Tuesday, May 30, 2006

When is a taxcut not really a taxcut??

For the answer to that question you might want to call your representative and ask them about all the increases to registrations and other various FEES which will be rising this year.
To show how corrupt politics really is our current Senator Mr. Kit Bond is espousing the virtues of taxcuts down at the O'Reilly warehouse this afternoon. Meanwhile the "fishwrapper" finally got one right and with facts to support their claim. Every now and then even The News Leader will hold itself to the same standard that it requires of activist groups in and amoungst the peoples of Springfield, MO.

Our republican lead legislature knows that a tax increase would be a death nail to their political longevity, so they pass on TAX increases in other forms.
I can hear the reply from many as I type this "I don't own a boat so this is going to bother me" or "it's only an additional(fill in the blank)per year and besides the bigger boats are getting accessed a much larger portion then I am." Well I don't personally own a boat either and with these current increases I won't be purchasing one. User fees are set up so the people using the water ways are supposed to pay for the upkeep which sounds like a good idea, so then WHY isn't the government school system set-up that way???

A link to our states budget is below good luck in locating the appopiation for our waterways in this massive 587 page document. This is only the transportation portion of the budget.


Boat fee increase awaits governor's decision

By David A. Lieb

JEFFERSON CITY — For many Missourians, Memorial Day weekend marks the traditional start of the summer boating season. But before this year's season ends, boaters could be paying more for the privilege of revving their motors on Missouri's rivers and lakes.

Missouri's boat registration fee would more than double for small boats and nearly quadruple for the biggest ones under a bill passed by the General Assembly and awaiting a signature decision by Gov. Matt Blunt.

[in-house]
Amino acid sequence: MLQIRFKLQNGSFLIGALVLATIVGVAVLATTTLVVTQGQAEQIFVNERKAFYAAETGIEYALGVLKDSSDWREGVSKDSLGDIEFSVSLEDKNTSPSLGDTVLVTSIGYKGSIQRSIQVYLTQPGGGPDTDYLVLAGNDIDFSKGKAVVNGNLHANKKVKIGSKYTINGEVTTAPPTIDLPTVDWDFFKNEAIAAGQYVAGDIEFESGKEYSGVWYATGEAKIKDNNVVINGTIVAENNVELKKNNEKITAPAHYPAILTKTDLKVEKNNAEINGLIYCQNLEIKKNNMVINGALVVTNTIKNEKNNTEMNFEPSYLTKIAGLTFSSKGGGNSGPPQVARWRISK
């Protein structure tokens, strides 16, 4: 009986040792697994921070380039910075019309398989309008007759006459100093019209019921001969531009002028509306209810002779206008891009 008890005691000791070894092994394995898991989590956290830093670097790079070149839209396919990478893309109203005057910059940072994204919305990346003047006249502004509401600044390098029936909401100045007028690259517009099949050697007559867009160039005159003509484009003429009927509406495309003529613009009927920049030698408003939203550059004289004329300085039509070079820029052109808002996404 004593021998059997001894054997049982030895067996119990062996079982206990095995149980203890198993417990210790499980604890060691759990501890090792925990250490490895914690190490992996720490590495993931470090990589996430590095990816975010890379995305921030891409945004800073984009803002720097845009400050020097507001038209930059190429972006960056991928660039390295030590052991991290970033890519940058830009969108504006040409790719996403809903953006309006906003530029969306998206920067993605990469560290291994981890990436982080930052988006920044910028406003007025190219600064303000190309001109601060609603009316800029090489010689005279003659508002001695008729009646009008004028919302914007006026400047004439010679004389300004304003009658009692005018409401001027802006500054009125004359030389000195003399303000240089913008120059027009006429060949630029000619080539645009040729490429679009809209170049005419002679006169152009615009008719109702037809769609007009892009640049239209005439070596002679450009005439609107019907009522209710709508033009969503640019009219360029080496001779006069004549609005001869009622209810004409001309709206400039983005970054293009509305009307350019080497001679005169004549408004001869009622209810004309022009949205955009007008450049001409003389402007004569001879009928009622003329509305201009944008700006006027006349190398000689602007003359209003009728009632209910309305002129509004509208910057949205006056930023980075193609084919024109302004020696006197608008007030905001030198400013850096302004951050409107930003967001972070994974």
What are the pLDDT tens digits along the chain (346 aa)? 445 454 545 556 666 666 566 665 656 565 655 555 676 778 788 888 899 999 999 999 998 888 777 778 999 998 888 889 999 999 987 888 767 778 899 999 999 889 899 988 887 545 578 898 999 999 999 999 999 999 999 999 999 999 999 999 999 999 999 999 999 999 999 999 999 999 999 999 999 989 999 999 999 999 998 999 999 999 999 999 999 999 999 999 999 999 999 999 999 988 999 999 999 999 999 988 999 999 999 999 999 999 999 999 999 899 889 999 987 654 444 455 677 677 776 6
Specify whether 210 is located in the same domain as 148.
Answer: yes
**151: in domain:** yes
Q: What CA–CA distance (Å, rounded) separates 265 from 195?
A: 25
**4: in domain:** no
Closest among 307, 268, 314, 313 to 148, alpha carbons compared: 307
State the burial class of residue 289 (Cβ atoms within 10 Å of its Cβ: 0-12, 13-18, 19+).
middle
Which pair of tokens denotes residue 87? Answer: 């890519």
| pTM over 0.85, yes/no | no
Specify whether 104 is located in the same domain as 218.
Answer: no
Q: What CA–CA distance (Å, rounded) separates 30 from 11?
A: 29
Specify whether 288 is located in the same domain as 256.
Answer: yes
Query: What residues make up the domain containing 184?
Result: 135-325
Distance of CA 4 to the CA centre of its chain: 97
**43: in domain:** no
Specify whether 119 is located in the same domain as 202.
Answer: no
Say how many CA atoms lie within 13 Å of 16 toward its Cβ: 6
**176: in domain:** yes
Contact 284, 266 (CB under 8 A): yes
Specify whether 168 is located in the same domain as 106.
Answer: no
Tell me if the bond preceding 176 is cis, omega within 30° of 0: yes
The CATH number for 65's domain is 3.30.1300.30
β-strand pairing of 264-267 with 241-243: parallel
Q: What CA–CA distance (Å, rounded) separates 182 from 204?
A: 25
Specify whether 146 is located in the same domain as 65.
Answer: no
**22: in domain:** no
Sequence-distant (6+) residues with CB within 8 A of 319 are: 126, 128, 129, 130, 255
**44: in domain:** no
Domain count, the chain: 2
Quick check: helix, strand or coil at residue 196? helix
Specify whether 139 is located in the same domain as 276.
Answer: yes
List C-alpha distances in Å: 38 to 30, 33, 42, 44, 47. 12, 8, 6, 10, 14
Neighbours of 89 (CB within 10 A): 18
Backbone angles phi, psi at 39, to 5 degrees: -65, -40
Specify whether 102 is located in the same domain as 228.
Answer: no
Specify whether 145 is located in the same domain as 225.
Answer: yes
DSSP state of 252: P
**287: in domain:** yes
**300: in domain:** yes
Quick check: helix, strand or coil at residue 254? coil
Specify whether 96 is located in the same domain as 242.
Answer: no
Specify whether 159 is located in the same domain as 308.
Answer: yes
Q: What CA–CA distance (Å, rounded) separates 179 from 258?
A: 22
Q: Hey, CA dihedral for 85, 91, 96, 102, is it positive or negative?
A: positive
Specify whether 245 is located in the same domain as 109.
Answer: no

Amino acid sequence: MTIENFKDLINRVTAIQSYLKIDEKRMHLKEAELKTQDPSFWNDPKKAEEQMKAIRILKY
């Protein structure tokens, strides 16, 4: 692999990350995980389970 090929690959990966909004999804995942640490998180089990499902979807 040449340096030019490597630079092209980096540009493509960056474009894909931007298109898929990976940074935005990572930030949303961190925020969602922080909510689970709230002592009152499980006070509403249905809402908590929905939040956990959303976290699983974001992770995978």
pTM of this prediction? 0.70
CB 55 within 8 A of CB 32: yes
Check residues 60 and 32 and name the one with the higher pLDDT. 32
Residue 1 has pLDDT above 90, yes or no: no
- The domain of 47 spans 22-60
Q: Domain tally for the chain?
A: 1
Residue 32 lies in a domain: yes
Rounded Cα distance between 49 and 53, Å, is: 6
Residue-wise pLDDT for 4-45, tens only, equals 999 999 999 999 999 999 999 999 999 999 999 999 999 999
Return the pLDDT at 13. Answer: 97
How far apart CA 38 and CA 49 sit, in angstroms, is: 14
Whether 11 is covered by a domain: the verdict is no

Fees also could rise for the millions of Missourians who get their drinking water from public systems, as opposed to private wells. And various state and local governmental bodies could gain new discretion to raise fees on everything from honorary highway signs to the landowners in local drainage districts.

The Republican-led General Assembly remained opposed to new taxes during its 2006 legislative session. But lawmakers found fee increases not quite as repulsive.

The higher boating fees are perhaps the most obvious increase.

About 315,000 boats are registered in Missouri, excluding canoes, rowboats and other solely paddle-powered vessels. The legislation would raise fees to $25 for the smallest boats (shorter than 16 feet) and $150 for the largest boats (stretching more than 40 feet long).

Based on the number of boats in each category, the fee increase should generate almost $5 million annually for the state — $3 million more than the state now receives.

The new money would go to Missouri State Water Patrol, which has lamented for some time its low salaries and high mileage on its trucks and boats.

The higher boat charges essentially are user fees, meaning the people who use the waterways are the most likely to benefit.

Many of the other bills also are user fees.

For example, the annual fees charged for public water connections would rise more than 60 percent to fund the water quality duties of the Department of Natural Resources.

No comments: